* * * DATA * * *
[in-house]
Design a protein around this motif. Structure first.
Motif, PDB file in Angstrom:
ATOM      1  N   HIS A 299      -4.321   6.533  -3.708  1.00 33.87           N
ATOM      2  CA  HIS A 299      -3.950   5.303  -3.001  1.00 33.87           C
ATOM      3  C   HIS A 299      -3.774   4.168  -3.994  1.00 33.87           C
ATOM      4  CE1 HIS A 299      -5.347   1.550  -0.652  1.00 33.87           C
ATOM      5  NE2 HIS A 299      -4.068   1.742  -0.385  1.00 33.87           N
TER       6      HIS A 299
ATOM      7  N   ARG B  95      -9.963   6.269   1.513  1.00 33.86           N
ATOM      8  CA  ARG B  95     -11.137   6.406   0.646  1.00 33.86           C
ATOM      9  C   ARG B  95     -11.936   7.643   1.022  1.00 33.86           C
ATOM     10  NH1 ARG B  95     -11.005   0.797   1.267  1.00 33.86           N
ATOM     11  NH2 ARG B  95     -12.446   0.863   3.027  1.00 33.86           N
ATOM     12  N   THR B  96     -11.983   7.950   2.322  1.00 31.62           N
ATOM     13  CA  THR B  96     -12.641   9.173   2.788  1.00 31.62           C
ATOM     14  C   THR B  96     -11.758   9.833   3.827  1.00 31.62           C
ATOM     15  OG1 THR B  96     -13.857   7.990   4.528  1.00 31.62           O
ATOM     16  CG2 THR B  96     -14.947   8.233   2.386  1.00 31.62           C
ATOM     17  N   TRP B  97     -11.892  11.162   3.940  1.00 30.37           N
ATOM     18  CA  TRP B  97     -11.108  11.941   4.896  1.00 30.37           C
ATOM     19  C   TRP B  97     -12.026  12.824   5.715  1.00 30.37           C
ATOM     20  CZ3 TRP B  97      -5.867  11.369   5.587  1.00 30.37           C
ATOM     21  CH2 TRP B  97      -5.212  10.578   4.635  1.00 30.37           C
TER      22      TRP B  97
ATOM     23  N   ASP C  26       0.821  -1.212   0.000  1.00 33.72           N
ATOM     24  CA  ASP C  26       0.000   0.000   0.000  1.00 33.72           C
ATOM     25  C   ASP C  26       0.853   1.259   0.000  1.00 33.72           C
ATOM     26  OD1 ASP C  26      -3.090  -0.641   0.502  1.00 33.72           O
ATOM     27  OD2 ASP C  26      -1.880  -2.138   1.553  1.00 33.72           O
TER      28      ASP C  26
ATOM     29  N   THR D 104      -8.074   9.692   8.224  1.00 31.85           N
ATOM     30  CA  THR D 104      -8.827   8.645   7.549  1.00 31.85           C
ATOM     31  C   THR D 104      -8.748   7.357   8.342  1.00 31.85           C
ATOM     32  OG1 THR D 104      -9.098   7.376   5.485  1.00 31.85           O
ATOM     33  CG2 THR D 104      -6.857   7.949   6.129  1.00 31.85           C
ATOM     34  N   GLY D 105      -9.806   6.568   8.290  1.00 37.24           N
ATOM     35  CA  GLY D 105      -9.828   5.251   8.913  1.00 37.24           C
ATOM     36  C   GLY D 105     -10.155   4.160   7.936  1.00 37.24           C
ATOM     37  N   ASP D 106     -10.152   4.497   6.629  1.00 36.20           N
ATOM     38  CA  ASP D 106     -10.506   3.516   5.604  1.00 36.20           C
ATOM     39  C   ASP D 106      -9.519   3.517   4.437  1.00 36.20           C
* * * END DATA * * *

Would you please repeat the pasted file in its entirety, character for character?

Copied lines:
[in-house]
Design a protein around this motif. Structure first.
Motif, PDB file in Angstrom:
ATOM      1  N   HIS A 299      -4.321   6.533  -3.708  1.00 33.87           N
ATOM      2  CA  HIS A 299      -3.950   5.303  -3.001  1.00 33.87           C
ATOM      3  C   HIS A 299      -3.774   4.168  -3.994  1.00 33.87           C
ATOM      4  CE1 HIS A 299      -5.347   1.550  -0.652  1.00 33.87           C
ATOM      5  NE2 HIS A 299      -4.068   1.742  -0.385  1.00 33.87           N
TER       6      HIS A 299
ATOM      7  N   ARG B  95      -9.963   6.269   1.513  1.00 33.86           N
ATOM      8  CA  ARG B  95     -11.137   6.406   0.646  1.00 33.86           C
ATOM      9  C   ARG B  95     -11.936   7.643   1.022  1.00 33.86           C
ATOM     10  NH1 ARG B  95     -11.005   0.797   1.267  1.00 33.86           N
ATOM     11  NH2 ARG B  95     -12.446   0.863   3.027  1.00 33.86           N
ATOM     12  N   THR B  96     -11.983   7.950   2.322  1.00 31.62           N
ATOM     13  CA  THR B  96     -12.641   9.173   2.788  1.00 31.62           C
ATOM     14  C   THR B  96     -11.758   9.833   3.827  1.00 31.62           C
ATOM     15  OG1 THR B  96     -13.857   7.990   4.528  1.00 31.62           O
ATOM     16  CG2 THR B  96     -14.947   8.233   2.386  1.00 31.62           C
ATOM     17  N   TRP B  97     -11.892  11.162   3.940  1.00 30.37           N
ATOM     18  CA  TRP B  97     -11.108  11.941   4.896  1.00 30.37           C
ATOM     19  C   TRP B  97     -12.026  12.824   5.715  1.00 30.37           C
ATOM     20  CZ3 TRP B  97      -5.867  11.369   5.587  1.00 30.37           C
ATOM     21  CH2 TRP B  97      -5.212  10.578   4.635  1.00 30.37           C
TER      22      TRP B  97
ATOM     23  N   ASP C  26       0.821  -1.212   0.000  1.00 33.72           N
ATOM     24  CA  ASP C  26       0.000   0.000   0.000  1.00 33.72           C
ATOM     25  C   ASP C  26       0.853   1.259   0.000  1.00 33.72           C
ATOM     26  OD1 ASP C  26      -3.090  -0.641   0.502  1.00 33.72           O
ATOM     27  OD2 ASP C  26      -1.880  -2.138   1.553  1.00 33.72           O
TER      28      ASP C  26
ATOM     29  N   THR D 104      -8.074   9.692   8.224  1.00 31.85           N
ATOM     30  CA  THR D 104      -8.827   8.645   7.549  1.00 31.85           C
ATOM     31  C   THR D 104      -8.748   7.357   8.342  1.00 31.85           C
ATOM     32  OG1 THR D 104      -9.098   7.376   5.485  1.00 31.85           O
ATOM     33  CG2 THR D 104      -6.857   7.949   6.129  1.00 31.85           C
ATOM     34  N   GLY D 105      -9.806   6.568   8.290  1.00 37.24           N
ATOM     35  CA  GLY D 105      -9.828   5.251   8.913  1.00 37.24           C
ATOM     36  C   GLY D 105     -10.155   4.160   7.936  1.00 37.24           C
ATOM     37  N   ASP D 106     -10.152   4.497   6.629  1.00 36.20           N
ATOM     38  CA  ASP D 106     -10.506   3.516   5.604  1.00 36.20           C
ATOM     39  C   ASP D 106      -9.519   3.517   4.437  1.00 36.20           C